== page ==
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Miss Osborne: Miss Ball’s recent Jane Austen Fight Club post got me thinking about duels in the Jane Austen world. Duels were going on during that time period (the Aaron Burr-Alexander Hamilton duel was in the early 1800s), so why didn’t Mr. Darcy call out Wickham for a duel? Clearly, Darcy had the right. Were most duels just between equals? Or are there other reasons why dueling would not be an appropriate response to Wickham’s treachery? (It’s not like Darcy had to worry about looking like a dork—á la Mark Darcy versus Daniel Cleaver in Bridget Jones’s Diary—when all he has to do is walk a few paces and pull a trigger.)
Mrs. Fitzpatrick: Ah, dueling. I was once hailed by a passing stranger as “the swordsman’s girlfriend,” so I’m well-fitted to answer this. And the swordsman himself dumped five books on the history of dueling in my lap the instant I mentioned this query. The romance of the sword lives to this day, even when the sword is a gun (if you follow).
By the time Jane Austen was writing, dueling in Europe was an upper-class game of machismo on its way out—it was a game only among equals, though, yes, and taken seriously as a show of honor among them, though ridiculed in the press. In America, actually, dueling was much more serious (we had the Old West to prepare for, remember), and people died a lot more, like poor Hamilton. As Alexis de Tocqueville put it in 1831, “In Europe one hardly ever fights a duel except in order to be able to say that one has done so. . . In America one only fights to kill. . .”
In Sense and Sensibility, Colonel Brandon fights just such a European duel with Willoughby over his seducing Miss Williams (Col. Brandon’s not-daughter). “‘I could meet him in no other way. . . We returned unwounded, and the meeting, therefore, never got abroad.’ Elinor sighed over the fancied necessity of this; but to a man and a soldier she presumed not to censure it.” Some people have seen this duel as the crux of the plot, and it is part of the 18th century side of the novel, along with the seduction itself, Marianne’s dramatic illness, and Willoughby’s drunken declaration of love.
In Pride and Prejudice, remember, there is a question of somebody fighting Wickham, but it isn’t Mr. Darcy—it’s the ironical Mr. Bennet, framed nicely by his adoring wife: “And now here’s Mr. Bennet gone away, and I know he will fight Wickham, wherever he meets him, and then he will be killed, and what is to become of us all?” Nine pages later, “Sure he will not leave London before he has found them. Who is to fight Wickham, and make him marry her, if he comes away?”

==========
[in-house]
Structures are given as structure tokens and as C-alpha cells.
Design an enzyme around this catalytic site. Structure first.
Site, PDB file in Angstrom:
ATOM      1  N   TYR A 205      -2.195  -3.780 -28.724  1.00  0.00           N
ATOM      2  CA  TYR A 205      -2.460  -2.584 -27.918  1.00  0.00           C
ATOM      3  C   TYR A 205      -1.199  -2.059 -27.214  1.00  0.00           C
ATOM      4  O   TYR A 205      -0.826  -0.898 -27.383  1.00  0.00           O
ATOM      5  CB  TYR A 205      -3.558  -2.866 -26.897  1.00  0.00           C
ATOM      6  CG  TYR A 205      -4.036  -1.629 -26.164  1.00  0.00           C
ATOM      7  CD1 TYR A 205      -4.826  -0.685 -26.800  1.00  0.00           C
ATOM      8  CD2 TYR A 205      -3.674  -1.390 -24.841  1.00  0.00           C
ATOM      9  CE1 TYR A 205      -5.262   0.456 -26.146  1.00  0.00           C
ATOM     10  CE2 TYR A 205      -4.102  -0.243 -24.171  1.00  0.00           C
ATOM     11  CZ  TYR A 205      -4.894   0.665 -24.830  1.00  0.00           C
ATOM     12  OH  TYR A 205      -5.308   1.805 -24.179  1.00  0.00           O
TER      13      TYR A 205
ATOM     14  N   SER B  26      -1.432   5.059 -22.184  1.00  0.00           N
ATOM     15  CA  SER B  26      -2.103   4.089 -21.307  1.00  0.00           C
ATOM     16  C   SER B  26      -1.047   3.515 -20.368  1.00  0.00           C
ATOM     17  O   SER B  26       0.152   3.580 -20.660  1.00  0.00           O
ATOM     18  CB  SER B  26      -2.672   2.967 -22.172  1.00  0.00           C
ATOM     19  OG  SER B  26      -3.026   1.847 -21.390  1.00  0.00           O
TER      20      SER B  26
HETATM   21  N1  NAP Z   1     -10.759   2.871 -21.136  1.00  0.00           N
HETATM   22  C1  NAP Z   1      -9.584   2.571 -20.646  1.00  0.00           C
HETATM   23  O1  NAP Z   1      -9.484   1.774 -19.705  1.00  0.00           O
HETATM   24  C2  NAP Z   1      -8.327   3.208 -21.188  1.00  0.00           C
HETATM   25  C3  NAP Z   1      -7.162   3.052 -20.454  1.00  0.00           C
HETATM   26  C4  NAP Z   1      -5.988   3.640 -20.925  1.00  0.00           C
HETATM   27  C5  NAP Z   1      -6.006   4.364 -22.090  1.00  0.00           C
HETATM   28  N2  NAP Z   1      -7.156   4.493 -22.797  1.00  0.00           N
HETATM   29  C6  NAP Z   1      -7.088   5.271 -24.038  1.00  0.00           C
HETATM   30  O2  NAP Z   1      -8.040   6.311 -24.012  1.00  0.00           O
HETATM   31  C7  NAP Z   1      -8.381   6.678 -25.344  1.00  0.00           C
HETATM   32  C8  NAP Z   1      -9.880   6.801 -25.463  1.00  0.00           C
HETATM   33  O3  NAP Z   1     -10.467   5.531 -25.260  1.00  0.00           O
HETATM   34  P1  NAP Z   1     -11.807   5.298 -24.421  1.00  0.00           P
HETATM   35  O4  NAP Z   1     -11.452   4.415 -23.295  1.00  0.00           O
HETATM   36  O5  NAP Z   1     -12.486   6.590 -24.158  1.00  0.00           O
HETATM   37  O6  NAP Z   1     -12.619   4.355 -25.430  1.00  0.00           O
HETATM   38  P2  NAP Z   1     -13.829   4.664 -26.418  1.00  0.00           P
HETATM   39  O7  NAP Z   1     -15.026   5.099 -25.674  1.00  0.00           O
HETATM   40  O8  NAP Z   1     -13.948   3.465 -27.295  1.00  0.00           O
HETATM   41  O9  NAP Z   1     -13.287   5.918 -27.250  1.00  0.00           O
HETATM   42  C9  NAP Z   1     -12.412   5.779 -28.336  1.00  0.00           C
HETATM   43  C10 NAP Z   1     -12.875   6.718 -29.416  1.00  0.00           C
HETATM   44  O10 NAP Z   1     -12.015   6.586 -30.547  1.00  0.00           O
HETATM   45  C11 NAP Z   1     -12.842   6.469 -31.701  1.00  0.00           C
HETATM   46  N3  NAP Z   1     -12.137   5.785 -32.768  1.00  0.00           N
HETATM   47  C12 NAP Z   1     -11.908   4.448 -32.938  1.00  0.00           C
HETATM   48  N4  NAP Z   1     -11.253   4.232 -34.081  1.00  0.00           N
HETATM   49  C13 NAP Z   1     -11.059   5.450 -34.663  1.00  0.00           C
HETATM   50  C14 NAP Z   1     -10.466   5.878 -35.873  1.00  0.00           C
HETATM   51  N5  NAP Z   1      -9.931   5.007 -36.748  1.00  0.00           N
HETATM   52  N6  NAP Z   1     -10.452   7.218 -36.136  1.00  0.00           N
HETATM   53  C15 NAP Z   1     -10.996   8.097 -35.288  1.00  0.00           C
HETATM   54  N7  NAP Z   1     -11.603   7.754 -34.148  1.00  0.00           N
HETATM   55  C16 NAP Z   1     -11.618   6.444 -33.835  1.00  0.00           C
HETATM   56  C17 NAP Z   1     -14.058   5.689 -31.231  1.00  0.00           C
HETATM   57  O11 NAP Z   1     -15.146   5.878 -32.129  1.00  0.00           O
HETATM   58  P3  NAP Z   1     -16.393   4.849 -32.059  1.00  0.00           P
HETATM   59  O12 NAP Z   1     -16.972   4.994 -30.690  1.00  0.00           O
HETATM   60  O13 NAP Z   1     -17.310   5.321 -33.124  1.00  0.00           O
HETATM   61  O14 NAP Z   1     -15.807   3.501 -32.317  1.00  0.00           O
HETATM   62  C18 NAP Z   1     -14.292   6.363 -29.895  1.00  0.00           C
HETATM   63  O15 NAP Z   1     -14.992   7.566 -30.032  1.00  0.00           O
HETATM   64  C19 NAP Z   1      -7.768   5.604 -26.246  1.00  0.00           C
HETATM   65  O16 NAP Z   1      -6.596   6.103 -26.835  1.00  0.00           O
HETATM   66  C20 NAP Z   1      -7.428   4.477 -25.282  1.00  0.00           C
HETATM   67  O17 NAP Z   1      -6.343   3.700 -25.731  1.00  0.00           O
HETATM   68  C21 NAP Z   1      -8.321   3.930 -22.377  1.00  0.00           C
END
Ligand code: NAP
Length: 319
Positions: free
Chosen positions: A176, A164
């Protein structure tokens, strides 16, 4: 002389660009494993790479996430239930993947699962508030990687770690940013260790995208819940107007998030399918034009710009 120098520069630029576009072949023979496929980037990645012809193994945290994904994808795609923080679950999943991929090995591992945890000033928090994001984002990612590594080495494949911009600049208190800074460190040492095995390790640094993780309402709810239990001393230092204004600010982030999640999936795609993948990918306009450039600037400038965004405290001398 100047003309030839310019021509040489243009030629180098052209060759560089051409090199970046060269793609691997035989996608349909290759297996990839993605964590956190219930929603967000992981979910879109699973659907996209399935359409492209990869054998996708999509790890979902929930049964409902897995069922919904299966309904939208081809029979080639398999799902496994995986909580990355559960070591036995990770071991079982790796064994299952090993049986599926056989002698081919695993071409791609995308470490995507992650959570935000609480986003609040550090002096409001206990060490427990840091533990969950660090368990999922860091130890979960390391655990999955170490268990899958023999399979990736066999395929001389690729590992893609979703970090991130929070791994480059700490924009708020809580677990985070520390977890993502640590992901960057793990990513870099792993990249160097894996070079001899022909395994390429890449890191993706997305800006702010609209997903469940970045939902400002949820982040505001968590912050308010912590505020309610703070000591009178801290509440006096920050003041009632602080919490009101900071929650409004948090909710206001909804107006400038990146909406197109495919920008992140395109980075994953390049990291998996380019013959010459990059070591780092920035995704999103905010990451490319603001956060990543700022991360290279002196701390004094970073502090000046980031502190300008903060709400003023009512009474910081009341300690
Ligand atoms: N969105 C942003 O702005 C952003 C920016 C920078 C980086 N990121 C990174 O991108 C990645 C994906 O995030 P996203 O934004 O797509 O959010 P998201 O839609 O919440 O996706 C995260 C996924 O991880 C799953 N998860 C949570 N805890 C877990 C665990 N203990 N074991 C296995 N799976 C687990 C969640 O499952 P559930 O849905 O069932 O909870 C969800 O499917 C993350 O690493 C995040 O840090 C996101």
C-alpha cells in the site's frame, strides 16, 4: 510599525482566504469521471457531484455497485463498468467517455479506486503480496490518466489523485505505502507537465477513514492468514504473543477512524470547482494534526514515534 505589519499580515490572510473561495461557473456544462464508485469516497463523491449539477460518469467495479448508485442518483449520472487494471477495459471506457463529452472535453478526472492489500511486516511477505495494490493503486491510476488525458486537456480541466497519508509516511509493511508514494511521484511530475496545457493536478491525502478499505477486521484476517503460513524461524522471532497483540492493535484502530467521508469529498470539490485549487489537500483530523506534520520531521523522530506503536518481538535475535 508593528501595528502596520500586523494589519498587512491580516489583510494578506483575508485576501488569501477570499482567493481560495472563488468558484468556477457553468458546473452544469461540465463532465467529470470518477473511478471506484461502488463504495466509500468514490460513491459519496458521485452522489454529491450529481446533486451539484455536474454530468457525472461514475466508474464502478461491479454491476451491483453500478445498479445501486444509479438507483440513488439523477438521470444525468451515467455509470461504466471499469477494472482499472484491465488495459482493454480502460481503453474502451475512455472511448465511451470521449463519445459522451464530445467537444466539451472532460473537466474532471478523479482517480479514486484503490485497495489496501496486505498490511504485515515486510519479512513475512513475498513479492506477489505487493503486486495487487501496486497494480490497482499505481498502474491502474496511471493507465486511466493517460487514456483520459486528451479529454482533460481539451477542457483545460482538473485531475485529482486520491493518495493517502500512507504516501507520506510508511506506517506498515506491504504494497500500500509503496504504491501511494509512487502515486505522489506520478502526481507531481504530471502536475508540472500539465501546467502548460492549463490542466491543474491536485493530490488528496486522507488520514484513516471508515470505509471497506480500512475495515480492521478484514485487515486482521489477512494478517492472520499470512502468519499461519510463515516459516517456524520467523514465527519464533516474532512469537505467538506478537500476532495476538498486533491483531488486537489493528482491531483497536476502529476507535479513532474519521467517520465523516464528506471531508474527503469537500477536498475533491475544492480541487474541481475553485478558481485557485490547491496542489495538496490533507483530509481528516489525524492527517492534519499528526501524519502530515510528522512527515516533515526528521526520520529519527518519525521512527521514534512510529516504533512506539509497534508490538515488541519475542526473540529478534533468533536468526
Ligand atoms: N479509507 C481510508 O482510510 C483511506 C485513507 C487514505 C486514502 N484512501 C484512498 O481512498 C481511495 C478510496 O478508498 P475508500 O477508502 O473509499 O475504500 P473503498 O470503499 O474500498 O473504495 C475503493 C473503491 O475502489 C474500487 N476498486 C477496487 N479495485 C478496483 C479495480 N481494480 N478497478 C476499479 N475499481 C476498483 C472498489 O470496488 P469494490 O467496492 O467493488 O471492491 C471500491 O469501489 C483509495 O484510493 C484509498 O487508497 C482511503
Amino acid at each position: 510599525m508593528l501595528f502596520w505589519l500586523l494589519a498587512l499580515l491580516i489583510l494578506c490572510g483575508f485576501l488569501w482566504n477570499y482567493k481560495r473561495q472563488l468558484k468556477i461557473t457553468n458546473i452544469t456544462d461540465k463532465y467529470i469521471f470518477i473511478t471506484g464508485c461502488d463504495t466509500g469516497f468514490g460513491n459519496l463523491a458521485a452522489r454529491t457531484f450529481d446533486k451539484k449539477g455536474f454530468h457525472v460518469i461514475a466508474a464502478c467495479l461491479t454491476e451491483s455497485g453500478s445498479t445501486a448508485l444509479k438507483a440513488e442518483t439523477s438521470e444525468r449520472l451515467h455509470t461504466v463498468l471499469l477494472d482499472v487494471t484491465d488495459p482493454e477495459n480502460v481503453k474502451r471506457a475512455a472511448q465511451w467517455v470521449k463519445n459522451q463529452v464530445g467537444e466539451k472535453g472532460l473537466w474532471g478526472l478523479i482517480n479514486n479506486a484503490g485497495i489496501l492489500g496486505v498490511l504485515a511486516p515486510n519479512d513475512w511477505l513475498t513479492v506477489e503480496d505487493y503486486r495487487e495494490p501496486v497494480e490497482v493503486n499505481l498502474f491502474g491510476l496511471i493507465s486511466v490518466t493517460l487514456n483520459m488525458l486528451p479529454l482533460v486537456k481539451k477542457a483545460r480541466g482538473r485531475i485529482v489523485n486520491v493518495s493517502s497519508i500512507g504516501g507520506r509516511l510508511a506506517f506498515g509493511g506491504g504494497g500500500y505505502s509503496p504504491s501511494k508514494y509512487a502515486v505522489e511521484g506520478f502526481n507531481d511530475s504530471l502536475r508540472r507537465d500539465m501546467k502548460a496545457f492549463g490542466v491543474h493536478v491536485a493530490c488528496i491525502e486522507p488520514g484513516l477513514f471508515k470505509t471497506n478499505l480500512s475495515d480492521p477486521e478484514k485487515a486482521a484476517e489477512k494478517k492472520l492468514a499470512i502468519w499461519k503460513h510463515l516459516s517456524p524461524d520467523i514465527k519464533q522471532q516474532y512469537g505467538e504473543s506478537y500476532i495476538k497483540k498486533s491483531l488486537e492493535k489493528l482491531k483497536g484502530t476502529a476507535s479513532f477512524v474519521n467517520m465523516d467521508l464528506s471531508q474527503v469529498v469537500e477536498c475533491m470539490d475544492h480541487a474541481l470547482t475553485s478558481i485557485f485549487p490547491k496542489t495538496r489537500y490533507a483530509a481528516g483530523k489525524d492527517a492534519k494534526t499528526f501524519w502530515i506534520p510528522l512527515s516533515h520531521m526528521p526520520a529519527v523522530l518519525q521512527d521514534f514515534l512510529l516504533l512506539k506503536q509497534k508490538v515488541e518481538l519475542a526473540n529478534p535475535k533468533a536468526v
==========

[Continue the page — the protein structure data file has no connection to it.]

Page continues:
Mrs. Bennet’s always so silly that I don’t think we’re supposed to take either proposition seriously. Pride and Prejudice has much less of 18th century flavor than Sense and Sensibility. Yet I really can’t tell whether Mr. Bennet himself would have wanted to duel Wickham or not, though I’m inclined to think not. He was too sensible, and the whole idea was to hush the thing up, anyway.
And this, I think is our answer to why Mr. Darcy doesn’t challenge Wickham over the honor of Georgiana. He did have the right, and he was of the class (and, I imagine, the temperament) to be dueling, but, he tells Elizabeth, on discovering the proposed elopement “You may imagine what I felt and how I acted. Regard for my sister’s credit and feelings prevented any public exposure. . .” Unless this is a coded indication that they did fight (as the fanfic authors no doubt go off on), his love for his sister overcame his ideas of his station in that way, just as (guess what!) his love for Elizabeth later overcomes his ideas of his station in another way.
Plus, imagine the scandal if it all did come out—too shocking! Mr. Darcy never revealed anything to anyone if he could help it.
For more on dueling, see The Code of Honor, by John Lyde Wilson, 19th century governor of South Carolina and avid duelist.